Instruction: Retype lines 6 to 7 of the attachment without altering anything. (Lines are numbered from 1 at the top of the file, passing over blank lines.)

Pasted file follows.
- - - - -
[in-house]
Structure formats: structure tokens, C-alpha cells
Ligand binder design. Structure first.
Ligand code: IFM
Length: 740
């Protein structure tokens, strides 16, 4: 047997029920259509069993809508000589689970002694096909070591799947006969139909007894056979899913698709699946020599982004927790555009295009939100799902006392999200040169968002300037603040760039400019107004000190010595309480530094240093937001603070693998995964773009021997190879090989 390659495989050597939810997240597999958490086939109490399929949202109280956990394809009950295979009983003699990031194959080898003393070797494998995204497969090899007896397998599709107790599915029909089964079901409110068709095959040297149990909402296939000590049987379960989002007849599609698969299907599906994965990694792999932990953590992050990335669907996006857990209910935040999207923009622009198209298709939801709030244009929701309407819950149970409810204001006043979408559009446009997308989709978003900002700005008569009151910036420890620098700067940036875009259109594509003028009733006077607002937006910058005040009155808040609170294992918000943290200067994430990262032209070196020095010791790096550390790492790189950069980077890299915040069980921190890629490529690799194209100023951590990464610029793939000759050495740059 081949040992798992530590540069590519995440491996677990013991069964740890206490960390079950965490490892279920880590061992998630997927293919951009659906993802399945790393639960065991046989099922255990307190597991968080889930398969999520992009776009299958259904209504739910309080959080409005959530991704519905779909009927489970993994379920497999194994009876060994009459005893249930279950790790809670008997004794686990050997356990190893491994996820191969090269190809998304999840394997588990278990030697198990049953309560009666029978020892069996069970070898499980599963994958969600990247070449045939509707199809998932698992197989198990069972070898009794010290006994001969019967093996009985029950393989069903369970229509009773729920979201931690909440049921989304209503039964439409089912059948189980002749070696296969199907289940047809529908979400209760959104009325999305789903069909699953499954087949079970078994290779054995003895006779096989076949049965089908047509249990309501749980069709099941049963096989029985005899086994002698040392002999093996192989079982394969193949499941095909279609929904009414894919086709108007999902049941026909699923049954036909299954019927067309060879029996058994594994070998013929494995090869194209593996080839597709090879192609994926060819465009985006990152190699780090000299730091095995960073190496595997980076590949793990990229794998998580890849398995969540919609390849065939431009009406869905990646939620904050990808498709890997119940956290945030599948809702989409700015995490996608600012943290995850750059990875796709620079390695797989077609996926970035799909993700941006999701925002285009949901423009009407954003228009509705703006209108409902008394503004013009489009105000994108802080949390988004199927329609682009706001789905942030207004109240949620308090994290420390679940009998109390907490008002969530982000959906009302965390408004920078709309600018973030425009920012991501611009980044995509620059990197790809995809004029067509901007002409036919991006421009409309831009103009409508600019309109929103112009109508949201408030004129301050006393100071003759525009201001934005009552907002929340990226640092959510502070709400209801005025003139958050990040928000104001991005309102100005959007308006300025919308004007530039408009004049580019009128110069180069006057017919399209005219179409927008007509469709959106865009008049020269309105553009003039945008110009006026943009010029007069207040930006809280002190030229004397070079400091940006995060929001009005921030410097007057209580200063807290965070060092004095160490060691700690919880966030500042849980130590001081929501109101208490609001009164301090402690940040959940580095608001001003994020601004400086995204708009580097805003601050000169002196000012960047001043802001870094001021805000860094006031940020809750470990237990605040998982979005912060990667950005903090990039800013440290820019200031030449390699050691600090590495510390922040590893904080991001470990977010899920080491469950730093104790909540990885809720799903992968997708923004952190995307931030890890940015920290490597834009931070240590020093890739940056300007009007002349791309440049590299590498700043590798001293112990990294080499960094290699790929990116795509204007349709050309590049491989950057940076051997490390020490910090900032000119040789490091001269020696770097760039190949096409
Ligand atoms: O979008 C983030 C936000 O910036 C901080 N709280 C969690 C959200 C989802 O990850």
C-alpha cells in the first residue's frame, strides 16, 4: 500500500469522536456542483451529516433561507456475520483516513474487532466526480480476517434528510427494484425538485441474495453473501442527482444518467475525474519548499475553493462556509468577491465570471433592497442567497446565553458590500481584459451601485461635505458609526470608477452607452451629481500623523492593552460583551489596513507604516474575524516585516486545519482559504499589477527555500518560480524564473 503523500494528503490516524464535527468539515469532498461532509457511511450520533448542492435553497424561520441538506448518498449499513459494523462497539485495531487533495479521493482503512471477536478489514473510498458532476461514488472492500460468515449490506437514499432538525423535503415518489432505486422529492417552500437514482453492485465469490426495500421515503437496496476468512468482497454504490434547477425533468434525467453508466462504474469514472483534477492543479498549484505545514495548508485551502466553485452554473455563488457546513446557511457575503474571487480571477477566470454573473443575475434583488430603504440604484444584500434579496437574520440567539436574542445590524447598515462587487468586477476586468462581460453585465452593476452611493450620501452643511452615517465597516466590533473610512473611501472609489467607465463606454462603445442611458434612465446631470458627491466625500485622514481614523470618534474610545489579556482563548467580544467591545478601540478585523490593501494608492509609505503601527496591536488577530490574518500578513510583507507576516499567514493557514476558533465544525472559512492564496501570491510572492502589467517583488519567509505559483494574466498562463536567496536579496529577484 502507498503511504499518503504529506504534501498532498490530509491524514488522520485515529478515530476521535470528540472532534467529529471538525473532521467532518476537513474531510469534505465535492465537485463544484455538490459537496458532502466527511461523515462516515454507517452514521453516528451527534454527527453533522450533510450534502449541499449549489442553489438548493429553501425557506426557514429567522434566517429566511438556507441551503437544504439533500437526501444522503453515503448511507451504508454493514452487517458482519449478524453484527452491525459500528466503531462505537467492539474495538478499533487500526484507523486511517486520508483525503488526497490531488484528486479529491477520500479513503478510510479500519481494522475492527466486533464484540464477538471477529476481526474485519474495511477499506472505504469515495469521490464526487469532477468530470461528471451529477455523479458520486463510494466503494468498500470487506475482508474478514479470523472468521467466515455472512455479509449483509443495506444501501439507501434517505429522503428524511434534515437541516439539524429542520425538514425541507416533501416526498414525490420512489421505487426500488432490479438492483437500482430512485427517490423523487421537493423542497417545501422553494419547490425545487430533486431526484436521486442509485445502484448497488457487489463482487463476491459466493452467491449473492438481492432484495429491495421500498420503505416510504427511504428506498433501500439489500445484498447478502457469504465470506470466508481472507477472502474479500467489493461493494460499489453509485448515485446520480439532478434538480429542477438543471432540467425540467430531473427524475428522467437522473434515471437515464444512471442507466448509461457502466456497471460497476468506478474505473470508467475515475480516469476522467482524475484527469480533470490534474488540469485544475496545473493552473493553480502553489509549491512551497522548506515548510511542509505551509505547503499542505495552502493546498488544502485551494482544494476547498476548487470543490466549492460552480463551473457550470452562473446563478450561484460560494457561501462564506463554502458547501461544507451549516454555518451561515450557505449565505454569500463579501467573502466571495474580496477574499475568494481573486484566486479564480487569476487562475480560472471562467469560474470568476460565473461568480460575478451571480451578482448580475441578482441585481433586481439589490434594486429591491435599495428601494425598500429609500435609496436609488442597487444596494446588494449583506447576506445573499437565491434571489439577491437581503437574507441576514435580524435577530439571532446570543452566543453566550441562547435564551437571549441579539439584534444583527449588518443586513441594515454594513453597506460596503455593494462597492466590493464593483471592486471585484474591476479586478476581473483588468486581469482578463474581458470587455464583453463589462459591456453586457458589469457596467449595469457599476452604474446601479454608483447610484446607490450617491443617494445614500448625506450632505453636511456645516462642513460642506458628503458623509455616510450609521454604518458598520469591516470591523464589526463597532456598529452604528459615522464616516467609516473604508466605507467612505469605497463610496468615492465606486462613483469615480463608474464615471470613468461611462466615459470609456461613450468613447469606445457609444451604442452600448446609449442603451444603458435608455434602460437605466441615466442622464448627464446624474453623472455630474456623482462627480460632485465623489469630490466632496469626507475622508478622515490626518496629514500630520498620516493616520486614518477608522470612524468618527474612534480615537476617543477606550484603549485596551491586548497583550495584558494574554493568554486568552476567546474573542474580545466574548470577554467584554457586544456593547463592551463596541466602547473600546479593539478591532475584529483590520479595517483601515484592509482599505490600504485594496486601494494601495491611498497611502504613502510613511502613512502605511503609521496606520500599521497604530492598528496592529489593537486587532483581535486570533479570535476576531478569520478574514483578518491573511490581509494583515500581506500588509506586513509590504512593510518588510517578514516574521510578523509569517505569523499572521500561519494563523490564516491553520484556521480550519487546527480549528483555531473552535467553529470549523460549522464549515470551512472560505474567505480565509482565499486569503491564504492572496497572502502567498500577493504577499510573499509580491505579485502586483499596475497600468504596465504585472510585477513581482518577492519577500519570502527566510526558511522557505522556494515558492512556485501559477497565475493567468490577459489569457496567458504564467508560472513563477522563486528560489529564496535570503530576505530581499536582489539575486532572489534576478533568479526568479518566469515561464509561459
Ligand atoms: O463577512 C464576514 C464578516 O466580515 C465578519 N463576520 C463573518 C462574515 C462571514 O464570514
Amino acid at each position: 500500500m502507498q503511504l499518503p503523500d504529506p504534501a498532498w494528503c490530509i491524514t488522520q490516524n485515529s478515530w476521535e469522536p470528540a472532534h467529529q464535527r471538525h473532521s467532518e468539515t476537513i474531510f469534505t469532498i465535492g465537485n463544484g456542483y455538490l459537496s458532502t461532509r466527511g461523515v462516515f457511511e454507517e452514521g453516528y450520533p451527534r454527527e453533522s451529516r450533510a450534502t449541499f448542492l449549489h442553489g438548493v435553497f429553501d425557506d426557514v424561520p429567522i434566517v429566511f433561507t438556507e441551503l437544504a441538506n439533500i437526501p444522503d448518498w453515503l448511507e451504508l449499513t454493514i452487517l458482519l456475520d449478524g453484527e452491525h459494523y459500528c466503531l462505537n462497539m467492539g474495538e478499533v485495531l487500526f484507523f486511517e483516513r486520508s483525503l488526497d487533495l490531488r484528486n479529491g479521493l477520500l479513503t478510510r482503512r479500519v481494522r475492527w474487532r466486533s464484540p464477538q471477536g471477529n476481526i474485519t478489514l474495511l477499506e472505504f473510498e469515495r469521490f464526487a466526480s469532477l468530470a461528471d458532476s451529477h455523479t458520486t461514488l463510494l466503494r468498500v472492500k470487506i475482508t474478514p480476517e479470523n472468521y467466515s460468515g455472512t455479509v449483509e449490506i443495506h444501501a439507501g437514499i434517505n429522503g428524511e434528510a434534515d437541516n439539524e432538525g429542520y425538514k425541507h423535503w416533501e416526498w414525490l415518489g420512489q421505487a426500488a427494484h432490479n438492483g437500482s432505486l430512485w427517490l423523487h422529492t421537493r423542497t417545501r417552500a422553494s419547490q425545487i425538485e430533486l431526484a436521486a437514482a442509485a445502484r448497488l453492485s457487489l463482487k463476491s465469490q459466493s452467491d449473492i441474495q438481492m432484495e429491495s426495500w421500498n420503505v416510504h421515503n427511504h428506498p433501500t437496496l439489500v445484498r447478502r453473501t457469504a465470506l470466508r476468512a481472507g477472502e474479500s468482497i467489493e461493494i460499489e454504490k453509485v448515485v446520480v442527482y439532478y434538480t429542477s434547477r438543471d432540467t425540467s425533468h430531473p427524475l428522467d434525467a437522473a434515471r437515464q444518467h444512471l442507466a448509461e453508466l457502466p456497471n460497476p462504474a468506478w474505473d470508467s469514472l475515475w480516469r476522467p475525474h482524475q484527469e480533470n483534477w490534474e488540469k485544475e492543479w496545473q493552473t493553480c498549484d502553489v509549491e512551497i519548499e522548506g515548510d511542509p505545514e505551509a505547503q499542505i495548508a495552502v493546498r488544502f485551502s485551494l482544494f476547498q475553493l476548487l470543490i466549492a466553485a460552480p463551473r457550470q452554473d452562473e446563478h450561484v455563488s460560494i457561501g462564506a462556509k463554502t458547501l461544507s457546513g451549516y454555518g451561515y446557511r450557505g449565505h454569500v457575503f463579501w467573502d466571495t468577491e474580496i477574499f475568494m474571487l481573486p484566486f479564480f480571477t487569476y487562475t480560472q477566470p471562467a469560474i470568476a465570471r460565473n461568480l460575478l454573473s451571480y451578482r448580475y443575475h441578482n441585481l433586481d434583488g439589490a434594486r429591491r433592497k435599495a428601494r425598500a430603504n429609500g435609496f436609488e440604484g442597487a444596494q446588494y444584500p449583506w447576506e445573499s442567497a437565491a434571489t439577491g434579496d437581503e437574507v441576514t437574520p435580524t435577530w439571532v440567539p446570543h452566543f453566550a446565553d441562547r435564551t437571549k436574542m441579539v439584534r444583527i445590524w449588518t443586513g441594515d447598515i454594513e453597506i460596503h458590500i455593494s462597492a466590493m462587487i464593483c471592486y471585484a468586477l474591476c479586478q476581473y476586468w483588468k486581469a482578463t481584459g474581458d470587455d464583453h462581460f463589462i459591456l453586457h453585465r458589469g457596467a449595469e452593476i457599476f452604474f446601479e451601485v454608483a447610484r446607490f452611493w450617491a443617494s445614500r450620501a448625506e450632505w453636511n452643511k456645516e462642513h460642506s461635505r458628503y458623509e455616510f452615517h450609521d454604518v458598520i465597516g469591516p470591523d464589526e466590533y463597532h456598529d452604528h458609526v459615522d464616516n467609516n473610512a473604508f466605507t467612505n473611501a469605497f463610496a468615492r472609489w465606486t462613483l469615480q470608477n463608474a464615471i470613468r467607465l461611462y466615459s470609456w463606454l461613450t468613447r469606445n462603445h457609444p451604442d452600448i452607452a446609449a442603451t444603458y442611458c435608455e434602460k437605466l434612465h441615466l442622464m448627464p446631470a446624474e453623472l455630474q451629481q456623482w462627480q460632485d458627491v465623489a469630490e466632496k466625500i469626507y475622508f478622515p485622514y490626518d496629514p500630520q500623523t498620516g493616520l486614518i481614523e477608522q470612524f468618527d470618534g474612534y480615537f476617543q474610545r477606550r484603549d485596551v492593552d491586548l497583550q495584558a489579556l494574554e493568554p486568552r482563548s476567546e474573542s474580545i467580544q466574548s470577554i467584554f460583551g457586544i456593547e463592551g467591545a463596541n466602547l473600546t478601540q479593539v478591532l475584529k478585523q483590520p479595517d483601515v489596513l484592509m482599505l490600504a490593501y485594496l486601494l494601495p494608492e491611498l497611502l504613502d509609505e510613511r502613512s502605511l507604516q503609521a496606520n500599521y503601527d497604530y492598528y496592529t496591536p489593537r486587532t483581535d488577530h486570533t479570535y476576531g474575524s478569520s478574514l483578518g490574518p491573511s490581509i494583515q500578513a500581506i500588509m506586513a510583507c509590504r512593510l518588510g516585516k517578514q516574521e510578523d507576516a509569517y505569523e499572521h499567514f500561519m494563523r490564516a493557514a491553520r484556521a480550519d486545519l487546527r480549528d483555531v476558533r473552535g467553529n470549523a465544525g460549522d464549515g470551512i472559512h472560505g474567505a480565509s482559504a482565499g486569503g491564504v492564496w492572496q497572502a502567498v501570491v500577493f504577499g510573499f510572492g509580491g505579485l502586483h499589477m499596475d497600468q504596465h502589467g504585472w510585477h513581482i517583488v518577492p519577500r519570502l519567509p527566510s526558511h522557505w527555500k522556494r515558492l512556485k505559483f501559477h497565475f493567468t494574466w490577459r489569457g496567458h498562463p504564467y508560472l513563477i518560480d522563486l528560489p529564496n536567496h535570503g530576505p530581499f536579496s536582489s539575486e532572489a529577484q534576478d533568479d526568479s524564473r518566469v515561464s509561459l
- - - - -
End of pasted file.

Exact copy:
């Protein structure tokens, strides 16, 4: 047997029920259509069993809508000589689970002694096909070591799947006969139909007894056979899913698709699946020599982004927790555009295009939100799902006392999200040169968002300037603040760039400019107004000190010595309480530094240093937001603070693998995964773009021997190879090989 390659495989050597939810997240597999958490086939109490399929949202109280956990394809009950295979009983003699990031194959080898003393070797494998995204497969090899007896397998599709107790599915029909089964079901409110068709095959040297149990909402296939000590049987379960989002007849599609698969299907599906994965990694792999932990953590992050990335669907996006857990209910935040999207923009622009198209298709939801709030244009929701309407819950149970409810204001006043979408559009446009997308989709978003900002700005008569009151910036420890620098700067940036875009259109594509003028009733006077607002937006910058005040009155808040609170294992918000943290200067994430990262032209070196020095010791790096550390790492790189950069980077890299915040069980921190890629490529690799194209100023951590990464610029793939000759050495740059 081949040992798992530590540069590519995440491996677990013991069964740890206490960390079950965490490892279920880590061992998630997927293919951009659906993802399945790393639960065991046989099922255990307190597991968080889930398969999520992009776009299958259904209504739910309080959080409005959530991704519905779909009927489970993994379920497999194994009876060994009459005893249930279950790790809670008997004794686990050997356990190893491994996820191969090269190809998304999840394997588990278990030697198990049953309560009666029978020892069996069970070898499980599963994958969600990247070449045939509707199809998932698992197989198990069972070898009794010290006994001969019967093996009985029950393989069903369970229509009773729920979201931690909440049921989304209503039964439409089912059948189980002749070696296969199907289940047809529908979400209760959104009325999305789903069909699953499954087949079970078994290779054995003895006779096989076949049965089908047509249990309501749980069709099941049963096989029985005899086994002698040392002999093996192989079982394969193949499941095909279609929904009414894919086709108007999902049941026909699923049954036909299954019927067309060879029996058994594994070998013929494995090869194209593996080839597709090879192609994926060819465009985006990152190699780090000299730091095995960073190496595997980076590949793990990229794998998580890849398995969540919609390849065939431009009406869905990646939620904050990808498709890997119940956290945030599948809702989409700015995490996608600012943290995850750059990875796709620079390695797989077609996926970035799909993700941006999701925002285009949901423009009407954003228009509705703006209108409902008394503004013009489009105000994108802080949390988004199927329609682009706001789905942030207004109240949620308090994290420390679940009998109390907490008002969530982000959906009302965390408004920078709309600018973030425009920012991501611009980044995509620059990197790809995809004029067509901007002409036919991006421009409309831009103009409508600019309109929103112009109508949201408030004129301050006393100071003759525009201001934005009552907002929340990226640092959510502070709400209801005025003139958050990040928000104001991005309102100005959007308006300025919308004007530039408009004049580019009128110069180069006057017919399209005219179409927008007509469709959106865009008049020269309105553009003039945008110009006026943009010029007069207040930006809280002190030229004397070079400091940006995060929001009005921030410097007057209580200063807290965070060092004095160490060691700690919880966030500042849980130590001081929501109101208490609001009164301090402690940040959940580095608001001003994020601004400086995204708009580097805003601050000169002196000012960047001043802001870094001021805000860094006031940020809750470990237990605040998982979005912060990667950005903090990039800013440290820019200031030449390699050691600090590495510390922040590893904080991001470990977010899920080491469950730093104790909540990885809720799903992968997708923004952190995307931030890890940015920290490597834009931070240590020093890739940056300007009007002349791309440049590299590498700043590798001293112990990294080499960094290699790929990116795509204007349709050309590049491989950057940076051997490390020490910090900032000119040789490091001269020696770097760039190949096409
Ligand atoms: O979008 C983030 C936000 O910036 C901080 N709280 C969690 C959200 C989802 O990850």